I am also incredibly pleased with how the physical object turned out; the production team has done a wonderful job of it. It’s a book that feels very loveable, and the quality of the paper — thick, matte, with a bit of texture — really brings out the beauty of Melina’s watercolors, almost as if they were originals. I can tell that the people I show it to don’t really want to let go once they have it in their hands, and I hope you feel that way too.

I have set up a companion site for the book where you can view excerpts and listen to the expressions and example sentences featured in the book.

And if you plan to be in Paris in the coming weeks, I have two book events lined up on October 14 and November 29 (all details here).

EDIBLE FRENCH is now available in the US and Canada, in France, and in the UK.

See below for an animated sneak peek of the book, and details about the giveaway.

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Haut comme trois pommes

Haut comme trois pommes

Illustration by MelinArt.

This is part of a series on French idiomatic expressions that relate to food. Browse the list of idioms featured so far.

This week’s expression is, “Haut comme trois pommes.”

Literally translated as, “high as three apples,” it is used to point out that someone — often a child — is small or very short. I’ve seen it translated to “knee-high to a grasshopper,” although I’ve never heard that cute English expression myself.

Example: “Il était haut comme trois pommes et devait courir pour rattraper ses soeurs.” (He was high as three apples and had to run to catch up with his sisters.)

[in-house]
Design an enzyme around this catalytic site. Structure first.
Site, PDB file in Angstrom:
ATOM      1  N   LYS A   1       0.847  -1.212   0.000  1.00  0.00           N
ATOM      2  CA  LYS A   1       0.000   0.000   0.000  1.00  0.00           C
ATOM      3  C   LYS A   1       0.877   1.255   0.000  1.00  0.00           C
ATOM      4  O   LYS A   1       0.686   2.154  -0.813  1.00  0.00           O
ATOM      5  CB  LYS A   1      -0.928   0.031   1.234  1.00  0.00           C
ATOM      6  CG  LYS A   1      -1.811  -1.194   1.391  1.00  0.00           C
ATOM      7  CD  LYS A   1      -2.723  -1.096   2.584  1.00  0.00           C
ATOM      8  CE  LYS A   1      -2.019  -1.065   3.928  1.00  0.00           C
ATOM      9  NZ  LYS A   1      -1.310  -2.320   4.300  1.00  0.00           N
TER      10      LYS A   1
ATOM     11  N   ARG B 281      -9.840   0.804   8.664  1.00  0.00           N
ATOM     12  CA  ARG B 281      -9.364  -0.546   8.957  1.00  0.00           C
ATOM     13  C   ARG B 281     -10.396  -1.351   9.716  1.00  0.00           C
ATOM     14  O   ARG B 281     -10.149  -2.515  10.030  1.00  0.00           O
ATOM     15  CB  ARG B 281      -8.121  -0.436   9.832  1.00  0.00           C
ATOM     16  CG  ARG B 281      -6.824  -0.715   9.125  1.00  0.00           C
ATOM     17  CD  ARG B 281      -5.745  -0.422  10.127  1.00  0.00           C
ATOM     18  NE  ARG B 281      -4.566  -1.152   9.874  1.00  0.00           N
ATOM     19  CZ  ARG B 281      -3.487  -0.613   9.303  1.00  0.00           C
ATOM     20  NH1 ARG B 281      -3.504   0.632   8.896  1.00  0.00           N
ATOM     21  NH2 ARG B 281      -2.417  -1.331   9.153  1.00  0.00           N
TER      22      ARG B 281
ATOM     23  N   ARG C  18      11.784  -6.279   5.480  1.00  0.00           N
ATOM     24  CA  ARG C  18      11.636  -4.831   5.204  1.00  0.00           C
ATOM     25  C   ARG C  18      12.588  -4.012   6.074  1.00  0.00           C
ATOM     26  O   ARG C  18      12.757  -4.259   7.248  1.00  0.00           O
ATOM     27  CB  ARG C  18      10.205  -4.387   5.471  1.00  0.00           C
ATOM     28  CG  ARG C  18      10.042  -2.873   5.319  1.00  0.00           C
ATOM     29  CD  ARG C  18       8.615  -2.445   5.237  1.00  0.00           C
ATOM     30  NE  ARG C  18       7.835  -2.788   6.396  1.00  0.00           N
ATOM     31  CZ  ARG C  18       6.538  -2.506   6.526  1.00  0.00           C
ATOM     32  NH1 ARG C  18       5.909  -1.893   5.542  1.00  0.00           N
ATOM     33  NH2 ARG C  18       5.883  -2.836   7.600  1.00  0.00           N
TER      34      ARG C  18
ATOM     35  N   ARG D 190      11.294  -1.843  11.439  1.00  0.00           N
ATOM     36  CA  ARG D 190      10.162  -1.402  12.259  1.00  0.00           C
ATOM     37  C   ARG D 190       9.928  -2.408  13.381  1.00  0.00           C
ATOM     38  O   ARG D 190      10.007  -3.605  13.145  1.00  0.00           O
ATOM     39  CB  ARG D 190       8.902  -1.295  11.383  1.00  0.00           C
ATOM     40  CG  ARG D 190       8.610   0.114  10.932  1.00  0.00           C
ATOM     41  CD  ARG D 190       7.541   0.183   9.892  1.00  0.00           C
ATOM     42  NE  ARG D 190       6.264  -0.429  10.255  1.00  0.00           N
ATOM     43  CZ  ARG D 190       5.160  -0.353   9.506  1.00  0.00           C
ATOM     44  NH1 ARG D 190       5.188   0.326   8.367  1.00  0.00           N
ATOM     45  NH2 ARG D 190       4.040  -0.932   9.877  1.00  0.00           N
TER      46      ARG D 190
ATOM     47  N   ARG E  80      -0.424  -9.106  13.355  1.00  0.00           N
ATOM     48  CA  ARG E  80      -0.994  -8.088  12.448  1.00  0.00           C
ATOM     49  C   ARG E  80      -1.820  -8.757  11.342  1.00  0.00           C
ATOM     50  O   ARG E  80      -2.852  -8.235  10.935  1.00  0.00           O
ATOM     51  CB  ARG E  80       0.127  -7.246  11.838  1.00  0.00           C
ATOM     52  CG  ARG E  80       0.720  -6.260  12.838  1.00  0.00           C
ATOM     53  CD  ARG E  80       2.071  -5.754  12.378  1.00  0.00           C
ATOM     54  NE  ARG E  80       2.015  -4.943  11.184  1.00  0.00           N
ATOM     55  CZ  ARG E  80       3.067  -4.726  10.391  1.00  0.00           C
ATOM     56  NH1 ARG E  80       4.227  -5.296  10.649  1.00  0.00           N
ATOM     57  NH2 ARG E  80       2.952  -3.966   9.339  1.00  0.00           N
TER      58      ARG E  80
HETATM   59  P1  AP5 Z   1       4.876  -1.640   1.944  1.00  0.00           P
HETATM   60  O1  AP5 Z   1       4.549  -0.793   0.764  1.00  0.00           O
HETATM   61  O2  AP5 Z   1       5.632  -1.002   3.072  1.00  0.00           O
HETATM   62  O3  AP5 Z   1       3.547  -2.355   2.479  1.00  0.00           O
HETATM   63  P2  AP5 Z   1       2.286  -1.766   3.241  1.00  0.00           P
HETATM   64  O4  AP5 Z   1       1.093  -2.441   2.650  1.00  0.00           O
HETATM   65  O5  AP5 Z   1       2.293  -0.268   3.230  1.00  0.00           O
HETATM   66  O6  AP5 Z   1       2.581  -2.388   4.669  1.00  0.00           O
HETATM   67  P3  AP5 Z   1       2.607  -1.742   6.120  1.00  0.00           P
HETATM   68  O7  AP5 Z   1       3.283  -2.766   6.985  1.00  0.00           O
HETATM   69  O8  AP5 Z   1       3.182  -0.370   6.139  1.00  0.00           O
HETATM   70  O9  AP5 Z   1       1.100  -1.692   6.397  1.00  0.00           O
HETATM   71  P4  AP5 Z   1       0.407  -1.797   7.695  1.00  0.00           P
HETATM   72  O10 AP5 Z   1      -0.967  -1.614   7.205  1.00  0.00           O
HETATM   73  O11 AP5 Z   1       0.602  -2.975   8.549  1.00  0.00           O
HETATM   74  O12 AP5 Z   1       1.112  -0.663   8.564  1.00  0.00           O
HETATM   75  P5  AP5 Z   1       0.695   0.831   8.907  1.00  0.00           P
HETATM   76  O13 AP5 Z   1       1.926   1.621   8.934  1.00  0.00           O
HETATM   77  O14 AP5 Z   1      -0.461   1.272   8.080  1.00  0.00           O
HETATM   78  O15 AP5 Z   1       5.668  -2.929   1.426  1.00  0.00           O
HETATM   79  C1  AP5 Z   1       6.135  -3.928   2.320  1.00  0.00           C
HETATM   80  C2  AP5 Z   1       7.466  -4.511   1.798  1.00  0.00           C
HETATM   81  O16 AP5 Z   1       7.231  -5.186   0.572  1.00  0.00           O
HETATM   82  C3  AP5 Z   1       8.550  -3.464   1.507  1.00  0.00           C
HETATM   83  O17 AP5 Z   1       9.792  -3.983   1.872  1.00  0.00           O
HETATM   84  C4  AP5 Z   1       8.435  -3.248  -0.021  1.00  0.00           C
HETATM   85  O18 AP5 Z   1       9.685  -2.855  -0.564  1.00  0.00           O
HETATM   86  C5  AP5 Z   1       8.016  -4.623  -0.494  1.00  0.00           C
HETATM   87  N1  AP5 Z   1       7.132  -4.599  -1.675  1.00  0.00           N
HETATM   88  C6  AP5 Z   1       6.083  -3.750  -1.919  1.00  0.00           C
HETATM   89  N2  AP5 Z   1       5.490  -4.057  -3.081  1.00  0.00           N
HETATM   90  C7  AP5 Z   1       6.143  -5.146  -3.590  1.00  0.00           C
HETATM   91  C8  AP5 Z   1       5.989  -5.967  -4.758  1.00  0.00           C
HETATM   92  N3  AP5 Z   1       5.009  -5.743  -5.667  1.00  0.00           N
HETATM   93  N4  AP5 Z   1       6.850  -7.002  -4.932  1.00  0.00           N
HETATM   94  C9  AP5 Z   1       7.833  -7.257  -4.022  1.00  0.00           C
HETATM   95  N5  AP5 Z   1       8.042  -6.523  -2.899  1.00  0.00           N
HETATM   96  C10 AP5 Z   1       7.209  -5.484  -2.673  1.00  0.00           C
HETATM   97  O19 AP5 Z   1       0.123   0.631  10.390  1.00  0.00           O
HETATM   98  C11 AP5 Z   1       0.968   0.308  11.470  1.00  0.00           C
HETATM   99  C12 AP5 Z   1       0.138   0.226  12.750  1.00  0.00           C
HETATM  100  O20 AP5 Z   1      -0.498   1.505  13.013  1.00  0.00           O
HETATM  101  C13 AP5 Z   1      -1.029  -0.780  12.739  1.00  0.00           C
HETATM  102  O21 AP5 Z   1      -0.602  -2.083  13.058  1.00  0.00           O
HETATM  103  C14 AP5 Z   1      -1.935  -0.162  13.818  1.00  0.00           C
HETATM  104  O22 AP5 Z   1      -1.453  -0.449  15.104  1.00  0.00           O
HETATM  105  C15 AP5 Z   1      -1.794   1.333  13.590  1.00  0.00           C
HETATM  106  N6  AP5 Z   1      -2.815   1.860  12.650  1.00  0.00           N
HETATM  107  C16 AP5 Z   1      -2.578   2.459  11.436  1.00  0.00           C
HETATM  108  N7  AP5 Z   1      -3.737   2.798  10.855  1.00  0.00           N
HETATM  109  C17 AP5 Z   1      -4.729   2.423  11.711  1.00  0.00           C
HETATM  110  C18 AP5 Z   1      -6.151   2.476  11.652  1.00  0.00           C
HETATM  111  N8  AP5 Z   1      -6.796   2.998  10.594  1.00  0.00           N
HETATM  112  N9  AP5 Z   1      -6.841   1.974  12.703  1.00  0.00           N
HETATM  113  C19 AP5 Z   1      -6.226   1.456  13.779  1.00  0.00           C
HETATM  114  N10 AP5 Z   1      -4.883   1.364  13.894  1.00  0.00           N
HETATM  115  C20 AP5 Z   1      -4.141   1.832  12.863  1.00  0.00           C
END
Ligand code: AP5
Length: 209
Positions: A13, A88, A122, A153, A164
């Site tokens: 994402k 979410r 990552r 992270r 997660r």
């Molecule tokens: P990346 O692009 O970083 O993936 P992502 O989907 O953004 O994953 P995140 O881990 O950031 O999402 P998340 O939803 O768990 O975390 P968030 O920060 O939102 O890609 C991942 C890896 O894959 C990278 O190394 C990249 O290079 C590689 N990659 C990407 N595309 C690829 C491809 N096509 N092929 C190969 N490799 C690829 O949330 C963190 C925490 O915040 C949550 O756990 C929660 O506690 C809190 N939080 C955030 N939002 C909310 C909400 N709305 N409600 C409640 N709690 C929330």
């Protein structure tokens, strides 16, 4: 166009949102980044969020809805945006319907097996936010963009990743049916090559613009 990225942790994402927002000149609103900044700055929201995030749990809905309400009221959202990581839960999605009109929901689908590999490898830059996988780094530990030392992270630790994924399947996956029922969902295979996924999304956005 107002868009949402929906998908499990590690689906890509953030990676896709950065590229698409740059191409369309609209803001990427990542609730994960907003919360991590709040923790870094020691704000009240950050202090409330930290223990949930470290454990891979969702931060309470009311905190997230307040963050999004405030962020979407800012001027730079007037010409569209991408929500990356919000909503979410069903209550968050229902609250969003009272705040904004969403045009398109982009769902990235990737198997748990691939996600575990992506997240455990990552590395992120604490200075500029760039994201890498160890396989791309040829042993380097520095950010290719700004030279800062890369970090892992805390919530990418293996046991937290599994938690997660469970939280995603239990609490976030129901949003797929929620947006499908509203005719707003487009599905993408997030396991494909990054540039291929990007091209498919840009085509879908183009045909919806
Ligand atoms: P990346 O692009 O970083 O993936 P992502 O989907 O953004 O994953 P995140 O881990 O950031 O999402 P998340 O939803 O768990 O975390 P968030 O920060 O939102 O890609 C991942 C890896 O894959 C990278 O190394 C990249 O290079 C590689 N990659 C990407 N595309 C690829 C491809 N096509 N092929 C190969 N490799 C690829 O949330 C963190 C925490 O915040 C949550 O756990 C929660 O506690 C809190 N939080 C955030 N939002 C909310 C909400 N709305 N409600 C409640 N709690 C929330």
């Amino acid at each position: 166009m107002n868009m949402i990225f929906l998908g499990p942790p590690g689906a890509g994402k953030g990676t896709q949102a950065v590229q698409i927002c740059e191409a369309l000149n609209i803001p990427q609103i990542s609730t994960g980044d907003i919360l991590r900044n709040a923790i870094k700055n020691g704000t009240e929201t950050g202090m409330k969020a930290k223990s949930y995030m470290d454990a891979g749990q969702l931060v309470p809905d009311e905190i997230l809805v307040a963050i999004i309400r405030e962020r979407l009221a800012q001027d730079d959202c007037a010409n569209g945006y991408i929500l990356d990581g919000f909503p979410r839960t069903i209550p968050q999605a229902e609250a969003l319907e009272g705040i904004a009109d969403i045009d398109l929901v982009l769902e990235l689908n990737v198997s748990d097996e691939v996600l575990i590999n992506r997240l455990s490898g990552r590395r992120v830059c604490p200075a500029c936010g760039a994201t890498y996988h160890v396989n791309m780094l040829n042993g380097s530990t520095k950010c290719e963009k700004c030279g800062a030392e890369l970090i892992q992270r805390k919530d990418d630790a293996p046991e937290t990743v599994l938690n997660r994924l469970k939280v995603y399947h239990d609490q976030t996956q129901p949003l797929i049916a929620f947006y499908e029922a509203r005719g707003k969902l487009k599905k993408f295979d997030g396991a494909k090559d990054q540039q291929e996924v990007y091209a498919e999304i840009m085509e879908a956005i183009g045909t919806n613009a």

Listen to the idiom and example read aloud:

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Cheveux poivre et sel

Cheveux poivre et sel

Illustration by MelinArt.

This is part of a series on French idiomatic expressions that relate to food. Browse the list of idioms featured so far.

This week’s expression is, “Cheveux poivre et sel.”

Literally translated as, “pepper and salt hair,” it is used to describe graying hair. It is also — though less often — used to describe someone’s beard (barbe) or sideburns (favoris).

Example: “C’était un monsieur d’un certain âge, aux cheveux poivre et sel.” “It was a man of a certain age, with pepper and salt hair.”

Listen to the idiom and example read aloud:

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Coeur d’artichaut

Coeur d'artichaut

Illustration by MelinArt.

This is part of a series on French idiomatic expressions that relate to food. Browse the list of idioms featured so far.

This week’s expression is, “Cœur d’artichaut.”

Literally translated as, “artichoke heart,” it is used to describe someone who falls in love easily and frequently, possibly with several people at the same time — or at least in rapid succession. It can be used either as avoir un cœur d’artichaut (having an artichoke heart) or être un cœur d’artichaut (being an artichoke heart).

Example: “Elle était très amoureuse de lui, mais elle s’est vite rendu compte que c’était un cœur d’artichaut.” “She was very much in love with him, but she soon realized he was an artichoke heart.”

Listen to the idiom and example read aloud: